Sunday, January 31, 2016


The concept of “dressed” can fall into a broad range. Don’t believe me? Visit Walmart almost any time and you’ll see it all -- from threadbare pajamas to worn jeans and stained sweatshirts to fancy wedding guest attire and ball gowns. Check out People of Walmart ( for a real fashion show, although I bet many of the ensembles presented on the site were captured as people dashed in for snacks en route to a costume party.

I’ve known people who considered “dressed” to mean they had on one garment, say a pair of boxer shorts, making them not technically completely naked, and therefore “clothed.” Others I’ve known (my late grandmother comes to mind) wouldn’t consider themselves dressed unless donned head to toe in a coordinated, fully accessorized outfit and would never consider leaving the house in anything less.

My own concept of “dressed” falls into multiple niches, with very rational (to me, anyway) reasons to my potentially neurotic methodology.

In my former office life, work wardrobe items were subdivided into categories including but not limited to business portrait, client meeting, and all-day-in-the-office-while-clients-are-closed-for-holiday outfits. I didn’t want to be spotted in the office by a client looking like I thought it was clean out the garage day, and I generally tried to dress as if our biggest client would arrive at the office unannounced, which had, on occasion, really happened. For me, it was an image thing.

There are ensembles for “going out,” separated by level of casualness based on the target establishment, and different, fancier (often vintage) clothes for benefits and galas. I don’t like wearing conservative work clothes or plain pumps out to a club, so immediate after-work plans require attire be stepped up or down accordingly to match the plans. Or a quick dash home to change.

It probably sounds a little complicated. Maybe, but it works for me. And like I said, there are reasons. The whole office wardrobe thing was inspired by an early career mishap involving an ad campaign and critical bit of information that never trickled down to me, primarily that the three person IRA department of which I was a member would be featured in a newspaper ad.

The day of the photo shoot of which I was woefully uninformed, instead of my usual mostly-conservative banker suit, I arrived at work in a casual skirt, oversized sweater, and scarf. The art director arrived, declared my scarf made me look like a bank robber, and made me remove it, eliminating the element that tied the outfit together. Not a great fashion day for me. Worse, was the four month stretch where the three-quarter page ad featuring the three of us was plastered all over the paper, with me looking like a slouch.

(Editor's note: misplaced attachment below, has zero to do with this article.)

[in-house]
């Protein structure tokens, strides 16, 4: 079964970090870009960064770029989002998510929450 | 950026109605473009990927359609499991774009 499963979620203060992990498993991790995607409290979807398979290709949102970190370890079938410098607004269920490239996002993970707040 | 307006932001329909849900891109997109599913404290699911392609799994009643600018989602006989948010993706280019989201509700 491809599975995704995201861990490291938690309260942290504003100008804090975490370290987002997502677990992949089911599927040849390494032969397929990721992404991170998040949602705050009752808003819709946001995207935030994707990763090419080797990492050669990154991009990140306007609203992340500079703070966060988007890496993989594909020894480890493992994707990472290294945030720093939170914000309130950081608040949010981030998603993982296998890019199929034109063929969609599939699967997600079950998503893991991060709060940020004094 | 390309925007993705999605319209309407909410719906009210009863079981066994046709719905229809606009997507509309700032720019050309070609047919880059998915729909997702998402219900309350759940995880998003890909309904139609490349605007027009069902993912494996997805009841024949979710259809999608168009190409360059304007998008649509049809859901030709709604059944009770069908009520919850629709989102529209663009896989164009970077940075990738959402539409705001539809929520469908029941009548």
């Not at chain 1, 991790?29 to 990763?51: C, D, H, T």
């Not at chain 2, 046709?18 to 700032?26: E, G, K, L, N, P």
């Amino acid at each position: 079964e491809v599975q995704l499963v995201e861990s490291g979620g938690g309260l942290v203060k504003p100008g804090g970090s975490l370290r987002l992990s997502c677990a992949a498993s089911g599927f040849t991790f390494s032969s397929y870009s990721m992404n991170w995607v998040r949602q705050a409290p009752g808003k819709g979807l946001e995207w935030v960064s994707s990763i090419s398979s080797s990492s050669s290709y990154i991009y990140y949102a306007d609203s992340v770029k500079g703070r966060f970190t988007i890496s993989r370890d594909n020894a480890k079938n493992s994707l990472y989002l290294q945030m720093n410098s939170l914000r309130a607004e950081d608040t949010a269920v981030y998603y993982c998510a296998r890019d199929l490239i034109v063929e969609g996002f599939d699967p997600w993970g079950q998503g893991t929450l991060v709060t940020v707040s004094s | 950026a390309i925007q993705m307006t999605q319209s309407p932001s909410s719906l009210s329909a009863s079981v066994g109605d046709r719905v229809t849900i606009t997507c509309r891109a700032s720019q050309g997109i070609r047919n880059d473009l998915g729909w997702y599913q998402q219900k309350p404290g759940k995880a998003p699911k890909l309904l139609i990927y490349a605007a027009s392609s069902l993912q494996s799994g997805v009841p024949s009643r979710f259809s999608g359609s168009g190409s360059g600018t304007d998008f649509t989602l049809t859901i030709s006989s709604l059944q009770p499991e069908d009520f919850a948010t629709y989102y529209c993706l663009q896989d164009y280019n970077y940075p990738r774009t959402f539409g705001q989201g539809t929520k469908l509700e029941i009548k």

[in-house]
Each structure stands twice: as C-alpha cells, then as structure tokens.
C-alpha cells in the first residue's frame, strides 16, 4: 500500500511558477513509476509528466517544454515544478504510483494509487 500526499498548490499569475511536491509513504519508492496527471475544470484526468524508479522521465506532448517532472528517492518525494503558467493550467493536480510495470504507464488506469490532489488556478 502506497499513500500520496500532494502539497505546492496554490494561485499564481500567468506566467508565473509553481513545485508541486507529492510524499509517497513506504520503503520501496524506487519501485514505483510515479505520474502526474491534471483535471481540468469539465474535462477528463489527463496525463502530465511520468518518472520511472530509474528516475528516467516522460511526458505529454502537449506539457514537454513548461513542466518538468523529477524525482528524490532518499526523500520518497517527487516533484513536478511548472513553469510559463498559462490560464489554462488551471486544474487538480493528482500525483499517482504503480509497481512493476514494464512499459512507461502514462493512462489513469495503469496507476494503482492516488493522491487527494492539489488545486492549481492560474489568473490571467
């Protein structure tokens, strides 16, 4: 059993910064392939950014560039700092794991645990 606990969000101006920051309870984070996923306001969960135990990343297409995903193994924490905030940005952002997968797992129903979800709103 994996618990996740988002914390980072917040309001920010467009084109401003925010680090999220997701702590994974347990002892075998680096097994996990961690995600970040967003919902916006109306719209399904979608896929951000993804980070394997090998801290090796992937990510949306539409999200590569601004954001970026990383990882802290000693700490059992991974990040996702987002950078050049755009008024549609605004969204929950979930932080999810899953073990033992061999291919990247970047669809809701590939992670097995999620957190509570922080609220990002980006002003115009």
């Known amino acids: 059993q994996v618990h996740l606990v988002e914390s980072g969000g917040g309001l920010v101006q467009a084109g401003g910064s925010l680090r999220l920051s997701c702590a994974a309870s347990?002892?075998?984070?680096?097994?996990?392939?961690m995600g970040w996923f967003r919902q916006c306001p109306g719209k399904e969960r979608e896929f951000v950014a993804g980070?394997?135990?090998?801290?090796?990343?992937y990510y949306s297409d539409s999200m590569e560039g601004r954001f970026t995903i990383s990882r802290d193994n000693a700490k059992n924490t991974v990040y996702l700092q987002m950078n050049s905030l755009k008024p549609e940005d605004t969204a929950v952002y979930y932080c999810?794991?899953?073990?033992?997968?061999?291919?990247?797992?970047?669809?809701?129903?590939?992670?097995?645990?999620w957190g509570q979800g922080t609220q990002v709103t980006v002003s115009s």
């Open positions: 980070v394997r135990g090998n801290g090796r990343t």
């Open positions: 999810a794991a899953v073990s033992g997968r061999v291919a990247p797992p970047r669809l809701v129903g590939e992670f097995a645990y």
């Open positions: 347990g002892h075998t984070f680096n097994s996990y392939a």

Nowadays, a retail work environment has me moving between office, sales floor, and dusty stockroom all day long, with multiple trips up ladders. Current work clothing is a mind-numbing array of monotonous dust colored, androgynous khakis and neutral sweaters, peppered with the occasional pair of tweedy, dust camouflaging dress pants. It’s practical. It’s hideous. I avoid going anywhere directly from work and hope I don’t see anybody I know in the store. It’s a self-image thing.

If I’m sick and at home for any duration, it’s generally pajamas all day. If I’m sick and you show up at my house unannounced, I’m probably going to be pissed because, even if they are cute, I don’t care to entertain in my pajamas.

Again, there was a situation. It was during a stretch of unemployment, while married to a man who wanted a stay-at-home wife (which it turned out I wasn’t good at). It was one in the afternoon, and I lounged around in baggy red plaid flannel PJ bottoms and a red waffle-weave thermal top with no undergarments because these were, as the husband of the time called them, my “sleeping clothes.” I wasn’t going out and I didn’t expect anyone, so it seemed fine.

That was the day the president of the photography club of which I was treasurer stopped by on his lunch hour to deliver dues another member had given him. I nearly died of embarrassment when I made the mistake of answering the door. Not a proud fashion moment. It inspired the change in philosophy concerning “at home wear.”

Housebound with a cold, the concept of “dressed” is based on how awful I feel. One recent day, while in bed literally all day, was definitely a pajama day. Beside never feeling human again, my other big fear was that a friend would stop by with soup or something equally thoughtful and I’d die of mortification coming downstairs all pale and sickly, swathed in fleece PJs and the purple fluffy robe that makes me feel like Barney the dinosaur.

Another day with the same cold, still feeling lousy but somewhat less so, “dressed” meant changing from snowflake printed fleece pajama bottoms into solid black fleece athletic pants, which are essentially exactly the same, except I know that one came from the sleepwear department and the other from active wear. The cotton tee shirt knit pajama top was exchanged for a printed tee shirt knit “shirt,” topped with a fleece vee neck, and I was “dressed.” Sort of. I mean, I wouldn’t actually leave the house like this. That would require a change into “ohmigod, my luck I’ll run into someone I know, I better look like I at least tried” jeans, sweater, and makeup. And wouldn’t you know it, while I was the only one home, campaign workers came ringing the doorbell which I answered, dressed like a scrub in my fleece “outfit.”

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